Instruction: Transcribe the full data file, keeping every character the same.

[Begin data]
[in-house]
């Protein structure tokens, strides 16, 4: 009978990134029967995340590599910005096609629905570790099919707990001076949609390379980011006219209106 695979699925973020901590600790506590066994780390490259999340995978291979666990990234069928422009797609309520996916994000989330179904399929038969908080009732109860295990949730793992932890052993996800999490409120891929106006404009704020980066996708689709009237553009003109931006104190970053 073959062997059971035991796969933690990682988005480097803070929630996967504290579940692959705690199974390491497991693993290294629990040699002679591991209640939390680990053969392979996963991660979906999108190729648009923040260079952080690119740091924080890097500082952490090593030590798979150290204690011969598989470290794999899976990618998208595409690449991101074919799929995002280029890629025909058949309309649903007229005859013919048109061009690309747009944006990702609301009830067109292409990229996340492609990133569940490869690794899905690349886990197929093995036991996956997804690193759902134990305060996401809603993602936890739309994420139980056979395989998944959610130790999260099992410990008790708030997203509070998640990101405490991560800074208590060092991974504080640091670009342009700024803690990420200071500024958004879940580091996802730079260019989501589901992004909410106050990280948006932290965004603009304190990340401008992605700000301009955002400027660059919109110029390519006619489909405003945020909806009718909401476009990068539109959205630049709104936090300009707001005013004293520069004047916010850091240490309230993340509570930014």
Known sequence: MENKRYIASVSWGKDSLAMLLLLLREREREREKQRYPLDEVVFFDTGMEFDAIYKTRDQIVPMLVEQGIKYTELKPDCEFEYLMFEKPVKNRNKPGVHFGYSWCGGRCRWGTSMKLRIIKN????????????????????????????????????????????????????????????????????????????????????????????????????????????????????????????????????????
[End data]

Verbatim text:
[in-house]
């Protein structure tokens, strides 16, 4: 009978990134029967995340590599910005096609629905570790099919707990001076949609390379980011006219209106 695979699925973020901590600790506590066994780390490259999340995978291979666990990234069928422009797609309520996916994000989330179904399929038969908080009732109860295990949730793992932890052993996800999490409120891929106006404009704020980066996708689709009237553009003109931006104190970053 073959062997059971035991796969933690990682988005480097803070929630996967504290579940692959705690199974390491497991693993290294629990040699002679591991209640939390680990053969392979996963991660979906999108190729648009923040260079952080690119740091924080890097500082952490090593030590798979150290204690011969598989470290794999899976990618998208595409690449991101074919799929995002280029890629025909058949309309649903007229005859013919048109061009690309747009944006990702609301009830067109292409990229996340492609990133569940490869690794899905690349886990197929093995036991996956997804690193759902134990305060996401809603993602936890739309994420139980056979395989998944959610130790999260099992410990008790708030997203509070998640990101405490991560800074208590060092991974504080640091670009342009700024803690990420200071500024958004879940580091996802730079260019989501589901992004909410106050990280948006932290965004603009304190990340401008992605700000301009955002400027660059919109110029390519006619489909405003945020909806009718909401476009990068539109959205630049709104936090300009707001005013004293520069004047916010850091240490309230993340509570930014």
Known sequence: MENKRYIASVSWGKDSLAMLLLLLREREREREKQRYPLDEVVFFDTGMEFDAIYKTRDQIVPMLVEQGIKYTELKPDCEFEYLMFEKPVKNRNKPGVHFGYSWCGGRCRWGTSMKLRIIKN????????????????????????????????????????????????????????????????????????????????????????????????????????????????????????????????????????